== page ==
Data Journalism

Lecture Pod 6 – The Beauty of Data Visualisation


*Image taken directly from the lecture.

The main point of the lecture is that Information is Beautiful. Data Visualisation helps us to hone in and focus only on the information that matters. Visualising data helps us to see patterns and connections that we would not have otherwise seen. Data can be massaged, shaped and compared to create new insights. Through being shaped it can be used to tell a story that no-one has noticed before. Data visualisation is really the combination of the languages of both the eye and the brain, the combination of images and words to create new meaning. It is also a form of data compression, making a ridiculous amount of data fit into a small space while also being understandable.

It can also just look cool.



*Image taken directly from the lecture.

The main thing that I learn’t from this lecture was that for information to be understood, it needs a good visualisation. It needs to be able to be quickly understood and also able to be further interrogated. If people are scrolling on social media, they are not going to stop for a huge paragraph of text but they may stop for a visualisation.


McCandless, D. (2016). The beauty of data visualization. Retrieved 18 October 2016, from


Lecture Pod 5 – Data Journalism

Olympic Medal Tables.png

*This image was taken from the lecture about data journalism in action at the London      Olympics (referenced at the end)

This lecture was all about data journalism, what it is, its history and its use in something like the Olympics. The key definition here is that data journalism is telling a story using data to bolster your argument or point of view. The point of data journalism is to tell a story in a way that will keep the reader entertained.  The good thing about data journalism is that it can (to a degree) take opinions out of the news and leave you with cold hard facts. There is almost always something to do with data in most stories. Now data journalism is just journalism because people don’t trust reporters anymore, they need to bolster their arguments through data.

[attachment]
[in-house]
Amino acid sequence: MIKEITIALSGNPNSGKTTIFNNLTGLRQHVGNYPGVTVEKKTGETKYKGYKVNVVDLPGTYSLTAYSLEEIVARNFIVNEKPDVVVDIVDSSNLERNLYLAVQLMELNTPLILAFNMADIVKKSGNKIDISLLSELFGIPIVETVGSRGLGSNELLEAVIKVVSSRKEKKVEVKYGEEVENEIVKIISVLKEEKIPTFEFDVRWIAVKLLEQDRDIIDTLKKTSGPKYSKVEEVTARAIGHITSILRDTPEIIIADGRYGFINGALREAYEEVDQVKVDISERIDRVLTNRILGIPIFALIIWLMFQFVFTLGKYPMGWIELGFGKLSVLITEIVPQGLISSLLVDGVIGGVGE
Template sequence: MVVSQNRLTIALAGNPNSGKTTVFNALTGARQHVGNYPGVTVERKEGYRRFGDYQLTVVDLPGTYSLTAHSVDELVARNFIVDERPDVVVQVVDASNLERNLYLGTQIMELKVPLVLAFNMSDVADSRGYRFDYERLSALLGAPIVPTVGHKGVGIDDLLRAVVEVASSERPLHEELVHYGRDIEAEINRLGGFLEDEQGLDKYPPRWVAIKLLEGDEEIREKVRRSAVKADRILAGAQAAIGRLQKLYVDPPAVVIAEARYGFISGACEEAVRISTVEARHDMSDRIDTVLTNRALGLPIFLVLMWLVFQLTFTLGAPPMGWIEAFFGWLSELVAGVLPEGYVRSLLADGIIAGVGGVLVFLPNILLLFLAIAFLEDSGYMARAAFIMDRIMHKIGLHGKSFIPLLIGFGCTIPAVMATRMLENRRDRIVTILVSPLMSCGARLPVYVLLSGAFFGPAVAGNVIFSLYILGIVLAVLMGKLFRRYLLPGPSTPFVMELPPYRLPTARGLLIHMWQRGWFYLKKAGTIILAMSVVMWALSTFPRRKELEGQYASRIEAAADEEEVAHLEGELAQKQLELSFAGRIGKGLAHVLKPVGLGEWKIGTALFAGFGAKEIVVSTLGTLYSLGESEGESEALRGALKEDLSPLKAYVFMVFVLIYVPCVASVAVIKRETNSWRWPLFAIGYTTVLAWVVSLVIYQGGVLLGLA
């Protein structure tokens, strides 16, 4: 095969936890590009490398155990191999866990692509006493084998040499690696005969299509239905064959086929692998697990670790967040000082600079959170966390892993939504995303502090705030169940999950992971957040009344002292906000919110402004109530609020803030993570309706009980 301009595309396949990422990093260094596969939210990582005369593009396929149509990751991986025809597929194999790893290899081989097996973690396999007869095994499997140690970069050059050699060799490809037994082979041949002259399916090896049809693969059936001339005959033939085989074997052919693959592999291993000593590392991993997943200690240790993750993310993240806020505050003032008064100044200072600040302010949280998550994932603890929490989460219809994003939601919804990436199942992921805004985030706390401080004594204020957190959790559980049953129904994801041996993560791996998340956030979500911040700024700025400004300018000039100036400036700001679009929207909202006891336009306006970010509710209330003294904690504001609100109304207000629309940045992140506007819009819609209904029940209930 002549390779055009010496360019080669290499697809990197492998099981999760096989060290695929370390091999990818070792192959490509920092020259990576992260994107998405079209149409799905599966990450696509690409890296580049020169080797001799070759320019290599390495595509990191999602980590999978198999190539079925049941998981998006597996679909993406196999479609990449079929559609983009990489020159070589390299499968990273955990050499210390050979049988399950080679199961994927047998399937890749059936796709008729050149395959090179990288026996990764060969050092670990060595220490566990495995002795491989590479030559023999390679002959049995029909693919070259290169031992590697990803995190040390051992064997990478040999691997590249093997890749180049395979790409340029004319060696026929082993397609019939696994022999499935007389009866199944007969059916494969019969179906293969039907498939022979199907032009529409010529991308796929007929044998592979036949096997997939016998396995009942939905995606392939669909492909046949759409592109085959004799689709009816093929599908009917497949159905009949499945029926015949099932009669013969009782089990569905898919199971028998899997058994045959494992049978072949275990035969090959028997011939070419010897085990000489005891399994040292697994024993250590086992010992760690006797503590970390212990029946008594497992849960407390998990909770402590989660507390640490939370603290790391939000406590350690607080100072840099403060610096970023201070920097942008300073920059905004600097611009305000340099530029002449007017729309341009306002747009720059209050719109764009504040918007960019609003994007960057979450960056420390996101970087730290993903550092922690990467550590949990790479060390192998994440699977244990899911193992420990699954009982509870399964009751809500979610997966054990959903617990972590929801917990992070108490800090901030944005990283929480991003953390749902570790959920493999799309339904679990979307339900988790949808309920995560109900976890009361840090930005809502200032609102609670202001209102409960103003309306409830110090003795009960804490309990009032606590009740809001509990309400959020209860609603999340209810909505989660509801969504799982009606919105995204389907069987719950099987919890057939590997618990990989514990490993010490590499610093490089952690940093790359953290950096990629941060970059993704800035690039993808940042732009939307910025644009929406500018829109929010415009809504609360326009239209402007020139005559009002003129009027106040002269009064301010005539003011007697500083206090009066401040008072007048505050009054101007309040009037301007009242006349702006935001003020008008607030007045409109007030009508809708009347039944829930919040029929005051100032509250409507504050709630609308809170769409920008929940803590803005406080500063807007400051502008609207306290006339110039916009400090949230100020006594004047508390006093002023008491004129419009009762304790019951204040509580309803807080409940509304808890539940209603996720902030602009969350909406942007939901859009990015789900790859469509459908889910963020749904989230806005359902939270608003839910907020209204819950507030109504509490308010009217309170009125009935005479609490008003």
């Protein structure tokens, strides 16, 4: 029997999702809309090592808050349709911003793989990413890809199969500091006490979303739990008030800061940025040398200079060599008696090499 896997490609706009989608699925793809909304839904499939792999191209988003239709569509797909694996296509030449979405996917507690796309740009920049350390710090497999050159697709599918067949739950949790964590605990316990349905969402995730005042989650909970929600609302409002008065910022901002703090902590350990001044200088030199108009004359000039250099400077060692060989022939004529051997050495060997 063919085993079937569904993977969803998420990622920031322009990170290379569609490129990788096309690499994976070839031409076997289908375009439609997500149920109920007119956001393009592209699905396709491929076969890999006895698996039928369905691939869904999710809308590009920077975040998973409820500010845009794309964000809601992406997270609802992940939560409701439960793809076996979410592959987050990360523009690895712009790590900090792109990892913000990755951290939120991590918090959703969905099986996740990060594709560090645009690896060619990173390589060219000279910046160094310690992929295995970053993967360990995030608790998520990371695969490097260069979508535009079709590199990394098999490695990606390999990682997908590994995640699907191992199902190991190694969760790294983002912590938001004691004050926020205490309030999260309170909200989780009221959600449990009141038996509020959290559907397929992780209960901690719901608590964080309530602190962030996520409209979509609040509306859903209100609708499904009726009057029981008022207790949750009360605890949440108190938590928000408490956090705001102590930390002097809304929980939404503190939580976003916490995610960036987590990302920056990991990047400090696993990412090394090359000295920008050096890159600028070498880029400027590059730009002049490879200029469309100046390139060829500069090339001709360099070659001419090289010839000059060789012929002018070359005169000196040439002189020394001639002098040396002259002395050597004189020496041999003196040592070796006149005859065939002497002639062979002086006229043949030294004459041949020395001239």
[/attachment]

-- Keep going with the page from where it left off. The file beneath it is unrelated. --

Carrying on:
There is a myth that data journalism did not exist before 2009, that is not true. Data journalism has been used ever since the first issue of the guardian back in the 1800’s. It has always been a part of the news, it has just been recently popularised. Even just using text and simple lines could be considered an effective data visualisation. These data visualisations have often been used to explain things about war to the public.

The Olympics are a good example of data visualisation. Everyone wants to know who is the best, using medal tables. But this data may not tell the whole story. If this data was corrected against things like GDP or population what effect would that have on the medal tally? A visualisation like this was made by the Guardian for the 2012 Olympics. It allowed people to interrogate the data themselves and it could be updated in real time.

The most important point in here though is the speed a data visualisation can now be produced at. This speed was not available 20 or 30 years ago while now we can do them fast and they can be updated in real time, they are not fixed which is a great asset to have when covering something ongoing, like the Olympic medal tables.


Data journalism in action: the London Olympics. (2016). YouTube. Retrieved 15 October 2016, from

History of Data Journalism at The Guardian. (2016). YouTube. Retrieved 15 October 2016, from

What is data journalism at The Guardian?. (2016). YouTube. Retrieved 15 October 2016, from